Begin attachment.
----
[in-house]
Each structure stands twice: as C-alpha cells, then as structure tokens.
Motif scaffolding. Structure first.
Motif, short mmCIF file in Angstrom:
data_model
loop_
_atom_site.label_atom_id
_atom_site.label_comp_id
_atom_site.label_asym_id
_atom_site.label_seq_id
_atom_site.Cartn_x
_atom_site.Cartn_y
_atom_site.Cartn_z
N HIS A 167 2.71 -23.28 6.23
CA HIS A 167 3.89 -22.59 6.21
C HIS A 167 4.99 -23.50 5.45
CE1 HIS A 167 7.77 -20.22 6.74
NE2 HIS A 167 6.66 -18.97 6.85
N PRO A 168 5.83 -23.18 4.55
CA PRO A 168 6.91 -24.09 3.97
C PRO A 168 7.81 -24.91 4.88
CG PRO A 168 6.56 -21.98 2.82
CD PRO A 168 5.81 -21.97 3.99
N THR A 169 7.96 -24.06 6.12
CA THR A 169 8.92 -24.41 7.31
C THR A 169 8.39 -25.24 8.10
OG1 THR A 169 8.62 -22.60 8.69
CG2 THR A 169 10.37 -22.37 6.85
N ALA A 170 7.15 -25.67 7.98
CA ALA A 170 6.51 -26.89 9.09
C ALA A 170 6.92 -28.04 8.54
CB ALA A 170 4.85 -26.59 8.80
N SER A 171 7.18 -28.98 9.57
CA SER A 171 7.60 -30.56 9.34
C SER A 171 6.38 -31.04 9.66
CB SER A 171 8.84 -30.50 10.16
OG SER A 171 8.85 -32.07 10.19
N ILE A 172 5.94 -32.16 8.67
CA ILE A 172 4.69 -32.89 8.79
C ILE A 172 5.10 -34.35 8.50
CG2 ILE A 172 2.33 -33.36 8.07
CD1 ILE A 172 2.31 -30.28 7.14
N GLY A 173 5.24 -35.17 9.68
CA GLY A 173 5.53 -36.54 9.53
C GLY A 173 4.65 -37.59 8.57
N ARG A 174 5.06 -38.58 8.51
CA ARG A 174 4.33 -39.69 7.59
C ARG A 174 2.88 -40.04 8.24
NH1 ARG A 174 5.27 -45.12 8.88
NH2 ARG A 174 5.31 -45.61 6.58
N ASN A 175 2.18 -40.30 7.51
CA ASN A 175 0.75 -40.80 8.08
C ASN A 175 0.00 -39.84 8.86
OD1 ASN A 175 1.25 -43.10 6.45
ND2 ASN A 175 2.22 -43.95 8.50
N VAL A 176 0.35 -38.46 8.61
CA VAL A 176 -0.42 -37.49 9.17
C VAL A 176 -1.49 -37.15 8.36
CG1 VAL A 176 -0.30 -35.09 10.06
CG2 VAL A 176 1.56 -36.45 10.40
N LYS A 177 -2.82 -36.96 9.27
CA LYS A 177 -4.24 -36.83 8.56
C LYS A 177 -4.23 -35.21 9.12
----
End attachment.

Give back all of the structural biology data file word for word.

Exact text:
[in-house]
Each structure stands twice: as C-alpha cells, then as structure tokens.
Motif scaffolding. Structure first.
Motif, short mmCIF file in Angstrom:
data_model
loop_
_atom_site.label_atom_id
_atom_site.label_comp_id
_atom_site.label_asym_id
_atom_site.label_seq_id
_atom_site.Cartn_x
_atom_site.Cartn_y
_atom_site.Cartn_z
N HIS A 167 2.71 -23.28 6.23
CA HIS A 167 3.89 -22.59 6.21
C HIS A 167 4.99 -23.50 5.45
CE1 HIS A 167 7.77 -20.22 6.74
NE2 HIS A 167 6.66 -18.97 6.85
N PRO A 168 5.83 -23.18 4.55
CA PRO A 168 6.91 -24.09 3.97
C PRO A 168 7.81 -24.91 4.88
CG PRO A 168 6.56 -21.98 2.82
CD PRO A 168 5.81 -21.97 3.99
N THR A 169 7.96 -24.06 6.12
CA THR A 169 8.92 -24.41 7.31
C THR A 169 8.39 -25.24 8.10
OG1 THR A 169 8.62 -22.60 8.69
CG2 THR A 169 10.37 -22.37 6.85
N ALA A 170 7.15 -25.67 7.98
CA ALA A 170 6.51 -26.89 9.09
C ALA A 170 6.92 -28.04 8.54
CB ALA A 170 4.85 -26.59 8.80
N SER A 171 7.18 -28.98 9.57
CA SER A 171 7.60 -30.56 9.34
C SER A 171 6.38 -31.04 9.66
CB SER A 171 8.84 -30.50 10.16
OG SER A 171 8.85 -32.07 10.19
N ILE A 172 5.94 -32.16 8.67
CA ILE A 172 4.69 -32.89 8.79
C ILE A 172 5.10 -34.35 8.50
CG2 ILE A 172 2.33 -33.36 8.07
CD1 ILE A 172 2.31 -30.28 7.14
N GLY A 173 5.24 -35.17 9.68
CA GLY A 173 5.53 -36.54 9.53
C GLY A 173 4.65 -37.59 8.57
N ARG A 174 5.06 -38.58 8.51
CA ARG A 174 4.33 -39.69 7.59
C ARG A 174 2.88 -40.04 8.24
NH1 ARG A 174 5.27 -45.12 8.88
NH2 ARG A 174 5.31 -45.61 6.58
N ASN A 175 2.18 -40.30 7.51
CA ASN A 175 0.75 -40.80 8.08
C ASN A 175 0.00 -39.84 8.86
OD1 ASN A 175 1.25 -43.10 6.45
ND2 ASN A 175 2.22 -43.95 8.50
N VAL A 176 0.35 -38.46 8.61
CA VAL A 176 -0.42 -37.49 9.17
C VAL A 176 -1.49 -37.15 8.36
CG1 VAL A 176 -0.30 -35.09 10.06
CG2 VAL A 176 1.56 -36.45 10.40
N LYS A 177 -2.82 -36.96 9.27
CA LYS A 177 -4.24 -36.83 8.56
C LYS A 177 -4.23 -35.21 9.12